Edition of JULY 29, 2002

Mahathir's Change of Heart?

He's hinting that 30-year-old rules favoring Muslim Malays should be phased out

By Michael Shari in Kuala Lumpur

For more than three decades, anyone doing business in Malaysia has needed to understand at least one word of Malay: Bumiputra. Literally, it means "son of the soil," but it refers to Muslim Malays, who make up just over half of Malaysia's population and who enjoy big advantages over the country's ethnic Chinese and Indian minorities under sweeping affirmative-action regulations. Universities reserve seats for Bumiputras. When you set up a company in Malaysia, Bumiputras must own 30%. When a Malaysian company goes public, 30% of the shares must go to Bumiputras--at a discount. Can't find a partner? The International Trade & Industry Ministry will give you a list of "approved Bumiputras" to whom you must sell--or give--a stake.
Affirmative action, better known as the New Economic Policy (NEP), has been carved in stone in Malaysia for 32 years. It was implemented in 1970, the year after Malays in Kuala Lumpur rioted for five days, attacking ethnic Chinese businesses and killing nearly 200 people. A primary cause of their rage: Virtually every sizeable Malaysian company was under ethnic Chinese ownership or management.
That bedrock policy may now be shifting. In June, Prime Minister Mahathir Mohamad stunned Southeast Asia by disclosing his plans to retire next year. But a Mahathir speech two days earlier has kept Kuala Lumpur equally abuzz: On June 20, he hinted it may be time for affirmative action to give way to "meritocracy." Why? Because the NEP hasn't created the economic advancement he had hoped. "I feel disappointed because I achieved too little of my principal task of making my race a successful race, a race that is respected," Mahathir said. Mahathir's office didn't respond to calls, e-mails, and faxes seeking comment for this article. Yet analysts, executives, and diplomats in Kuala Lumpur have been parsing the meaning of his speech. The general conclusion: Mahathir wants to phase out the NEP.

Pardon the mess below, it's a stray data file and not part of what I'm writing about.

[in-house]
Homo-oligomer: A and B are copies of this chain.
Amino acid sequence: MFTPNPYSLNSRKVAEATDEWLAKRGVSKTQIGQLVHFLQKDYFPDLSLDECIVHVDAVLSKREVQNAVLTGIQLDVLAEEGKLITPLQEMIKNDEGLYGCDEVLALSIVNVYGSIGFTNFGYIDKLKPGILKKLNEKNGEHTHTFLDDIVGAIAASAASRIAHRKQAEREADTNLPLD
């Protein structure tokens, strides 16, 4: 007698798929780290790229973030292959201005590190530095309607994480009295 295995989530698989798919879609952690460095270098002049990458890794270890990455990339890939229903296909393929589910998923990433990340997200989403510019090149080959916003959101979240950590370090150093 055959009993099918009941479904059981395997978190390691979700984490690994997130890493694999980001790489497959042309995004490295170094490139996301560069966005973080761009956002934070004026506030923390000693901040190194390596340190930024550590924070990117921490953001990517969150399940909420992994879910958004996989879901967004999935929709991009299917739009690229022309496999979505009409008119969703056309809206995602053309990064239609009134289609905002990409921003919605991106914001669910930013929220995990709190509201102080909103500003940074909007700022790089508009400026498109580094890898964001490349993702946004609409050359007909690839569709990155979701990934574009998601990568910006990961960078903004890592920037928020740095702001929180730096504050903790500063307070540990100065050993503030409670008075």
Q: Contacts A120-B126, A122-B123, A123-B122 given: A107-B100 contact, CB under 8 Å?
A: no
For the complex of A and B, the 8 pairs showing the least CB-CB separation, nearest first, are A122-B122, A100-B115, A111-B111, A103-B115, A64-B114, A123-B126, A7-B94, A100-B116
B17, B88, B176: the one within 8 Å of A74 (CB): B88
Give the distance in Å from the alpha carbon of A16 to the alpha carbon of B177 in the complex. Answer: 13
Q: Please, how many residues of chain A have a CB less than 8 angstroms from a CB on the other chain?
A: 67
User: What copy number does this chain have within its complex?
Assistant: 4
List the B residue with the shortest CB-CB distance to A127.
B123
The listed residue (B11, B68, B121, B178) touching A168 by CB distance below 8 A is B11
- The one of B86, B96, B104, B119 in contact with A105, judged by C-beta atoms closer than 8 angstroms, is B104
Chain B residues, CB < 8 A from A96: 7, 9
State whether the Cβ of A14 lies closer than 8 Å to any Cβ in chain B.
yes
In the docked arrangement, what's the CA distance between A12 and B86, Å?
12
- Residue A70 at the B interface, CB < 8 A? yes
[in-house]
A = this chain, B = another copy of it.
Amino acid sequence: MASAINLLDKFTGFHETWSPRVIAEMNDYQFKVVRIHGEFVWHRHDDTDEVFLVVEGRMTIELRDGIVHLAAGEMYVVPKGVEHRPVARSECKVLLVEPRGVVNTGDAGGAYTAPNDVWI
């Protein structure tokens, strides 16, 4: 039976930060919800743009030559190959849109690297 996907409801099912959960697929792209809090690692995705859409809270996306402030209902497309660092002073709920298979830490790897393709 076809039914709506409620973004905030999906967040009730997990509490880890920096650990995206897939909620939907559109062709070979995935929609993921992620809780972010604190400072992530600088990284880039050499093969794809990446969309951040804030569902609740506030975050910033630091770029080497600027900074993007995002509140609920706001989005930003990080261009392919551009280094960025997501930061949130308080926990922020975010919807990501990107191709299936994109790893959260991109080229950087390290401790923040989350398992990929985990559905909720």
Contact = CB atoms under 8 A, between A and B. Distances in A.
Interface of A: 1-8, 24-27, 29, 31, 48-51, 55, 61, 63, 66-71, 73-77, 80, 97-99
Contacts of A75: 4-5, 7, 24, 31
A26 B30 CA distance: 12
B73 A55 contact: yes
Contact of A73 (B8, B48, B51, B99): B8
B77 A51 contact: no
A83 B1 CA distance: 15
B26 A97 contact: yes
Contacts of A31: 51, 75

Weaning 11 million Bumiputras off affirmative action is likely to be a delicate task. For starters, the program hasn't been a total failure, despite Mahathir's dismay. The World Bank credits it with reducing poverty among Malays to 8% in 1995, from 50% in 1973. The NEP "was a partial success, [but] not a complete success. There is still a lot of unfinished work," says Mohamed Ariff, executive director of the Malaysian Institute of Economic Research.
Then there's the political dimension. Malays are probably not angry enough to take to the streets and attack ethnic Chinese. But some still fear that the youth wing of Mahathir's party, the United Malays National Organization (UMNO), could foment unrest. If the NEP were to be dismantled, "there would be a lot of resistance from the Bumiputra community," says the head of research of a Malaysian brokerage.
Yet if Mahathir can pull it off, phasing out the NEP could do Malaysia far more good than harm. Many argue that the NEP has discouraged investment and stifled job creation. And it hasn't helped raise the profile of Bumiputra businessmen. Of the top 10 companies listed on the stock exchange, seven are state-controlled and three are ethnic Chinese family businesses. Only 19% of corporate equity in Malaysia is in Bumiputra hands--far shy of the NEP's 30% target.